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‘American Experience’ on PBS presents '1964': Beatles, Civil Rights, Vietnam

1964 promotional poster
1964 promotional poster
Promotional Image/Courtesy

PBS’ award-winning history series "American Experience” does it again with taking a singular topic and expanding it. “1964” premiered Tuesday night with its well-thought out, chronological order of events taking place that year. The episode starts off with a stark black & white film clip of New Year Eve revelers in Times Square kicking off the start of ‘64.

Many are still feeling the effects of Kennedy’s assassination from the previous year, while resenting Johnson’s illegitimate gain to the presidency. One of the first events to wake up the restless youth in February 1964 is the arrival of the Beatles.

They land at the newly named John F. Kennedy airport in New York City. Currently on the charts is Bobby Vinton’s mind-numbing hit song “There! I’ve said It Again.” Music in America is about to get a shot in the arm.

A young boy is interviewed on why his hair so long (it’s actually very short by today’s standards). What did his parents think about it? He basically tells the reporter he’s not concerned what they think. The reason his hair’s long, it’s because of the Beatles. This is just the start on how young kids began to rebel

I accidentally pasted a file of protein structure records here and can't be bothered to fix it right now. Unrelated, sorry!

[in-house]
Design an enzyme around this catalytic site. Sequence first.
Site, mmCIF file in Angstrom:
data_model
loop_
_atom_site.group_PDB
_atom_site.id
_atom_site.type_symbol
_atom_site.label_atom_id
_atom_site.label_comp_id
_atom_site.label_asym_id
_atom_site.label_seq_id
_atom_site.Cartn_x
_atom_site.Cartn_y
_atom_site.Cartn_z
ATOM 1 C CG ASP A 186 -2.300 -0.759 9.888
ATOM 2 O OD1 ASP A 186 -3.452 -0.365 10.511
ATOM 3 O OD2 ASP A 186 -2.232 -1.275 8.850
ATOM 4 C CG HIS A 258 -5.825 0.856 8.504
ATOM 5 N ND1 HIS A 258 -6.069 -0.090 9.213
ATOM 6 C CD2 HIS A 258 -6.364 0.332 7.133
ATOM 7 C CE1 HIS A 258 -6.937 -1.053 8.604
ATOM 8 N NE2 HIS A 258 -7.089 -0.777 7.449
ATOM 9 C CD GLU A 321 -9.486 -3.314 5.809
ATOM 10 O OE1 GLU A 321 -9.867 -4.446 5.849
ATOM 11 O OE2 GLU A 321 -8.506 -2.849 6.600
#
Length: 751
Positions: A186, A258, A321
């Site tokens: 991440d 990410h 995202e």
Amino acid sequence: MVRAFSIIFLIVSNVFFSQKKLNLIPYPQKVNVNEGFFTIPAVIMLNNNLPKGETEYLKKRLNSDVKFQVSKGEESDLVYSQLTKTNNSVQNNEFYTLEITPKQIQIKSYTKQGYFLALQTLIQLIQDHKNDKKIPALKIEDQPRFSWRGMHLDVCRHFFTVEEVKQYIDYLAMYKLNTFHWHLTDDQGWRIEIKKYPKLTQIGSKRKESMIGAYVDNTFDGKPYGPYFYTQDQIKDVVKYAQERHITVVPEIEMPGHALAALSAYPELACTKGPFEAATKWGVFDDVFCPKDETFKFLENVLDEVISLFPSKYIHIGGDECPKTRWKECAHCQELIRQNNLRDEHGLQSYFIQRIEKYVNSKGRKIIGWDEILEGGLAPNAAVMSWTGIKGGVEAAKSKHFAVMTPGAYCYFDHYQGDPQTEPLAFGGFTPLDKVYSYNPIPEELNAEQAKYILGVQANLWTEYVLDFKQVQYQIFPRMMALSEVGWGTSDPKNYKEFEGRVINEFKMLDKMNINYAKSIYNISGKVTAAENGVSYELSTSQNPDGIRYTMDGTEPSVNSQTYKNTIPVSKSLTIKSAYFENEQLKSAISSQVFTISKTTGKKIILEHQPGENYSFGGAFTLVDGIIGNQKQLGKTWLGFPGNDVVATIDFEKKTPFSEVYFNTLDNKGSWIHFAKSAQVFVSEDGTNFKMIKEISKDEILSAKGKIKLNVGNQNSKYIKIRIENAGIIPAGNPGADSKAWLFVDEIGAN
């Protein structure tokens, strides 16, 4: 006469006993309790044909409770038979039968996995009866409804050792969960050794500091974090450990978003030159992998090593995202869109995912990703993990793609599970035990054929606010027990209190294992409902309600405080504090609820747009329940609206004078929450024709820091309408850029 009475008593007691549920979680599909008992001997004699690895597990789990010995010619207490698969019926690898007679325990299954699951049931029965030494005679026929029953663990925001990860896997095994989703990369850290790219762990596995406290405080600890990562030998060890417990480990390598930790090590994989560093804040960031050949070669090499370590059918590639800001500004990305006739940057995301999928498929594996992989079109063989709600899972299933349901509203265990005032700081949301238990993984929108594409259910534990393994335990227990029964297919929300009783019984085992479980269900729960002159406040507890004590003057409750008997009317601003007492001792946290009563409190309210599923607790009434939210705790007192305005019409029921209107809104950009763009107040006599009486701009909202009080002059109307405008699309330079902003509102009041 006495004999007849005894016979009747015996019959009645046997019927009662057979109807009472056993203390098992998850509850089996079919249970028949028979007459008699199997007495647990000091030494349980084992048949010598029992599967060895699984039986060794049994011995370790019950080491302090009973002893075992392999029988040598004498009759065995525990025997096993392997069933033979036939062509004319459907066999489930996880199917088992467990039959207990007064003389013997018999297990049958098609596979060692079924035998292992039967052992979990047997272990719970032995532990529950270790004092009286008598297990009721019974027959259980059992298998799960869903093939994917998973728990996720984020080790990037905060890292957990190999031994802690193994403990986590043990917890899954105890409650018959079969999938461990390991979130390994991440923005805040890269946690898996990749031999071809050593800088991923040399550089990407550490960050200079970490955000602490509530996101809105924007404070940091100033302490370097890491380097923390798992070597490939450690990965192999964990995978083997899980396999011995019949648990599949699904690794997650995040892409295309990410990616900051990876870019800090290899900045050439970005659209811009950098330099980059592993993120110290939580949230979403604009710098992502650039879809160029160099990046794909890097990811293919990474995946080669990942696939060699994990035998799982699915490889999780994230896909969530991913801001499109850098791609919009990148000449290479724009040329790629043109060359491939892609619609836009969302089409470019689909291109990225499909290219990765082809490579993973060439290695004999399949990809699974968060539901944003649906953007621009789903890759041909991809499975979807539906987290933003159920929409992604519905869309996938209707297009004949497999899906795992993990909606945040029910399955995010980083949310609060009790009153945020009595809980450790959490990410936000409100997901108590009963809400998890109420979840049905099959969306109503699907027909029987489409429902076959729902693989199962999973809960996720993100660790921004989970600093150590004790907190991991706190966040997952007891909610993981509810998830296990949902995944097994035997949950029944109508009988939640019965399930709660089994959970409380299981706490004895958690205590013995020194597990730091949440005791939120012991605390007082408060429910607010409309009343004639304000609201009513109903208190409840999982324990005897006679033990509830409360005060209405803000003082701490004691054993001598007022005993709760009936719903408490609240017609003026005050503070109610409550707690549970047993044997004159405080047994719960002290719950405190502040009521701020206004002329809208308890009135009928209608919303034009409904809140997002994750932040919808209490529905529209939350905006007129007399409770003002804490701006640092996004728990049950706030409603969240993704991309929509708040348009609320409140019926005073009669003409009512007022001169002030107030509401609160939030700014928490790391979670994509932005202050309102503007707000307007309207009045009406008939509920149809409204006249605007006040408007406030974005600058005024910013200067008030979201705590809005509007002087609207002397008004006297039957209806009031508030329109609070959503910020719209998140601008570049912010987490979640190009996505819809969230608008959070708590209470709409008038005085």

After their enormously successful television appearance on the Ed Sullivan Show, the Beatles set off to Miami. Initially the four lads were to meet heavyweight boxing champion Sonny Liston. He has no desire to be bothered with them. Sportswriter Bob Lipsyte recalls when they met Cassius Clay (Ali’s name at the time) at his training camp. He joked around with them and posed for photos.

Interesting to note, Clay was not at all favored to win the championship against Liston. As the new heavyweight champion of the world he later acknowledged his conversion to Islam, and a new name, Muhammad Ali.

During the middle part of the two-hour documentary was devoted extensively to the civil rights movement. President Johnson aggressively petitioned and later signed into law the Civil Rights Act of 1964. The Freedom Summer civil rights program took place later that summer, recruiting college students in the north to go to Mississippi. Their mission was to assist blacks in that state with voter registration.

Two civil right workers from Freedom Summer, Andrew Goodman and Michael Schwerner, along with Mississippi native James Chaney, were reported missing and later murdered. This would later be the basis for the 1980s film “Mississippi Burning.” Once the nation found out what was happening in this Deep South state, rebellion for civil rights began taking place at many college campuses including the University of California at Berkeley.

In the last segment of “American Experience - 1964,” the Vietnam War was then a quite conflict until the Gulf of Tonkin Incident. Johnson took it upon himself, without conferring with Congress, to use military force in Southeast Asia, more specifically Vietnam. During the program’s epilogue, the Johnson administration would see the war escalating out of control. He would not seek another term in office. Rebellion amongst the youth reached a fever pitch at college campuses across the nation.

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